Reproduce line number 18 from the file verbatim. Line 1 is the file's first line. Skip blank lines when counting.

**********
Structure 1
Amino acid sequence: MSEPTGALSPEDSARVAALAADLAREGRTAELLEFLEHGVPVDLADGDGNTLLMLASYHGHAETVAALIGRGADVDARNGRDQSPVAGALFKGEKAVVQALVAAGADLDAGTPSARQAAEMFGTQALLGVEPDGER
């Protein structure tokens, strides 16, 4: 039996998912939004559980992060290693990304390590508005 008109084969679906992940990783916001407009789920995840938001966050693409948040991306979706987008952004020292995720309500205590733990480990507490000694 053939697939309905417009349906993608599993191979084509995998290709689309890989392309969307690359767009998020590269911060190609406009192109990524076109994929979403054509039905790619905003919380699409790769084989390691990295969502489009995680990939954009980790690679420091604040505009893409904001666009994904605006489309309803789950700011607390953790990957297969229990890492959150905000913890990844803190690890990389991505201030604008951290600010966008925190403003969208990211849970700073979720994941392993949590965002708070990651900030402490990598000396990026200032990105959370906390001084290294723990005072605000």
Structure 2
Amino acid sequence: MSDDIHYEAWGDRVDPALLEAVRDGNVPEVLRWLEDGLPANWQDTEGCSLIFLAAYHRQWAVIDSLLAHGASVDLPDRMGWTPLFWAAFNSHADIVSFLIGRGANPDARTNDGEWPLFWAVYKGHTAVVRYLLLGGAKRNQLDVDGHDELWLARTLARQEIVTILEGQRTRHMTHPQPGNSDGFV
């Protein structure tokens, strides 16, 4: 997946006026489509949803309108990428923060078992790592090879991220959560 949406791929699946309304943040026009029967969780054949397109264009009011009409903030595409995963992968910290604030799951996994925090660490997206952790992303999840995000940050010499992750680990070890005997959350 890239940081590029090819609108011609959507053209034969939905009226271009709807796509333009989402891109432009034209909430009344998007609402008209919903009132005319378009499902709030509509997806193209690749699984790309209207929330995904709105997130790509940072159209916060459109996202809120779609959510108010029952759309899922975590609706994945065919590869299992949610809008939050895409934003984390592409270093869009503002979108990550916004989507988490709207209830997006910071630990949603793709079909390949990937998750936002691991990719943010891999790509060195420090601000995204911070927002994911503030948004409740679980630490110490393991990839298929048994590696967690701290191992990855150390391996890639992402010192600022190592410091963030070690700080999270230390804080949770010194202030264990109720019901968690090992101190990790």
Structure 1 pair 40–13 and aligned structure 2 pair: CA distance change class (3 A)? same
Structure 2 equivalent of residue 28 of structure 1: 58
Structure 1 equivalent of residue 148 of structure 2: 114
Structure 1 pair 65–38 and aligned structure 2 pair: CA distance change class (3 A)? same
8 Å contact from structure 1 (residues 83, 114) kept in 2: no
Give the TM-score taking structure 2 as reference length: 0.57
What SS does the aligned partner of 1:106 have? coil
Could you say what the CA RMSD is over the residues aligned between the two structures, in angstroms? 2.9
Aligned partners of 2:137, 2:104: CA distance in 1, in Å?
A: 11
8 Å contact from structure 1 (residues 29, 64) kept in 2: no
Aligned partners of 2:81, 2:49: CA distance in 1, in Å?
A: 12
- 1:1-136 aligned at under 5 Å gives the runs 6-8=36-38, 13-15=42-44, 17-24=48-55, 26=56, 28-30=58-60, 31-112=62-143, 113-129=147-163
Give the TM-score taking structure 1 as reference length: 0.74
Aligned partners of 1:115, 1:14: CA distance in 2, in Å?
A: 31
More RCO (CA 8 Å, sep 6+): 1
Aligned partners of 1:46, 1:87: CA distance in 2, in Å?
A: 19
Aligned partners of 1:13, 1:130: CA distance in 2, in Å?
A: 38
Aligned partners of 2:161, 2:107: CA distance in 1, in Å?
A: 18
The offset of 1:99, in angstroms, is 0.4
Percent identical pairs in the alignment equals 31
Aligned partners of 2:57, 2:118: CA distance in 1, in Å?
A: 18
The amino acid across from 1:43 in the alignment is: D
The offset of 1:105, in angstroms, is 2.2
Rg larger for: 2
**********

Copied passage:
Aligned partners of 2:81, 2:49: CA distance in 1, in Å?